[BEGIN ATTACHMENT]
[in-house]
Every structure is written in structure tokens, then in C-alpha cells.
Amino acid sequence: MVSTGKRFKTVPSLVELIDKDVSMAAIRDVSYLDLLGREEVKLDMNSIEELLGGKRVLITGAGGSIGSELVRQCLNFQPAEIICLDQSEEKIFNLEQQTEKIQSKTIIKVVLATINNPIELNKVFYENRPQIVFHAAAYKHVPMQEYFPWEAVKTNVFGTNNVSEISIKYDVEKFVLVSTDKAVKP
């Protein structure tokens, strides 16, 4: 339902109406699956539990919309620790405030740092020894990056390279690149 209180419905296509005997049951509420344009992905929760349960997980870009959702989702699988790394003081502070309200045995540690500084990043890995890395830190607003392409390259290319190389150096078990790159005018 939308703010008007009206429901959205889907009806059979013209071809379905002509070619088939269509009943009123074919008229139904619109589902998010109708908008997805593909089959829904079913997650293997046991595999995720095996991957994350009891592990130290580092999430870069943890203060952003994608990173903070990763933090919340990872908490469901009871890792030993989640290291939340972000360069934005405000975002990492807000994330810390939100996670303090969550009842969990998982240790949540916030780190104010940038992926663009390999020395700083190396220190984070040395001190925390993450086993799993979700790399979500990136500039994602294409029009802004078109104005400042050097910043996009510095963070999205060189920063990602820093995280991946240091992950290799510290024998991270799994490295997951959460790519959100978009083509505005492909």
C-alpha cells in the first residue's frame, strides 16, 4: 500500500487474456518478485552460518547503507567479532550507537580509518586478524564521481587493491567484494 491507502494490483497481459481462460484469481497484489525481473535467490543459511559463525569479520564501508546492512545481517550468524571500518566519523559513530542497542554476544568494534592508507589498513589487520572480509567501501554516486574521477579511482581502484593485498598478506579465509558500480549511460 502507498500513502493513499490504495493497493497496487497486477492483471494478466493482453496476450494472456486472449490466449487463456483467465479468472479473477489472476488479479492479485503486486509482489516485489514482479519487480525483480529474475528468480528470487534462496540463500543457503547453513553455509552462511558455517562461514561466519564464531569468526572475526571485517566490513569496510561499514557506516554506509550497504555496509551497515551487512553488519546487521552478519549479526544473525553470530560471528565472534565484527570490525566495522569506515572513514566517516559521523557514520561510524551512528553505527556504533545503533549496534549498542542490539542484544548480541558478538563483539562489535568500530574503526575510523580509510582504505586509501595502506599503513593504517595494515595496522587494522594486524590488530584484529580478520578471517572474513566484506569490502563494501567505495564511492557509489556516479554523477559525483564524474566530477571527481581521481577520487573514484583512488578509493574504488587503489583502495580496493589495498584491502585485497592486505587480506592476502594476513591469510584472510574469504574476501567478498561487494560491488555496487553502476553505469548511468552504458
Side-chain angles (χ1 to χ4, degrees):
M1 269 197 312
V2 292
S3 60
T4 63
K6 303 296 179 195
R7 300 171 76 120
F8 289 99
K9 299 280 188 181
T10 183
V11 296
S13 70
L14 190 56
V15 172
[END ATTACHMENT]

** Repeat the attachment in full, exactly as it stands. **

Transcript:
[in-house]
Every structure is written in structure tokens, then in C-alpha cells.
Amino acid sequence: MVSTGKRFKTVPSLVELIDKDVSMAAIRDVSYLDLLGREEVKLDMNSIEELLGGKRVLITGAGGSIGSELVRQCLNFQPAEIICLDQSEEKIFNLEQQTEKIQSKTIIKVVLATINNPIELNKVFYENRPQIVFHAAAYKHVPMQEYFPWEAVKTNVFGTNNVSEISIKYDVEKFVLVSTDKAVKP
């Protein structure tokens, strides 16, 4: 339902109406699956539990919309620790405030740092020894990056390279690149 209180419905296509005997049951509420344009992905929760349960997980870009959702989702699988790394003081502070309200045995540690500084990043890995890395830190607003392409390259290319190389150096078990790159005018 939308703010008007009206429901959205889907009806059979013209071809379905002509070619088939269509009943009123074919008229139904619109589902998010109708908008997805593909089959829904079913997650293997046991595999995720095996991957994350009891592990130290580092999430870069943890203060952003994608990173903070990763933090919340990872908490469901009871890792030993989640290291939340972000360069934005405000975002990492807000994330810390939100996670303090969550009842969990998982240790949540916030780190104010940038992926663009390999020395700083190396220190984070040395001190925390993450086993799993979700790399979500990136500039994602294409029009802004078109104005400042050097910043996009510095963070999205060189920063990602820093995280991946240091992950290799510290024998991270799994490295997951959460790519959100978009083509505005492909």
C-alpha cells in the first residue's frame, strides 16, 4: 500500500487474456518478485552460518547503507567479532550507537580509518586478524564521481587493491567484494 491507502494490483497481459481462460484469481497484489525481473535467490543459511559463525569479520564501508546492512545481517550468524571500518566519523559513530542497542554476544568494534592508507589498513589487520572480509567501501554516486574521477579511482581502484593485498598478506579465509558500480549511460 502507498500513502493513499490504495493497493497496487497486477492483471494478466493482453496476450494472456486472449490466449487463456483467465479468472479473477489472476488479479492479485503486486509482489516485489514482479519487480525483480529474475528468480528470487534462496540463500543457503547453513553455509552462511558455517562461514561466519564464531569468526572475526571485517566490513569496510561499514557506516554506509550497504555496509551497515551487512553488519546487521552478519549479526544473525553470530560471528565472534565484527570490525566495522569506515572513514566517516559521523557514520561510524551512528553505527556504533545503533549496534549498542542490539542484544548480541558478538563483539562489535568500530574503526575510523580509510582504505586509501595502506599503513593504517595494515595496522587494522594486524590488530584484529580478520578471517572474513566484506569490502563494501567505495564511492557509489556516479554523477559525483564524474566530477571527481581521481577520487573514484583512488578509493574504488587503489583502495580496493589495498584491502585485497592486505587480506592476502594476513591469510584472510574469504574476501567478498561487494560491488555496487553502476553505469548511468552504458
Side-chain angles (χ1 to χ4, degrees):
M1 269 197 312
V2 292
S3 60
T4 63
K6 303 296 179 195
R7 300 171 76 120
F8 289 99
K9 299 280 188 181
T10 183
V11 296
S13 70
L14 190 56
V15 172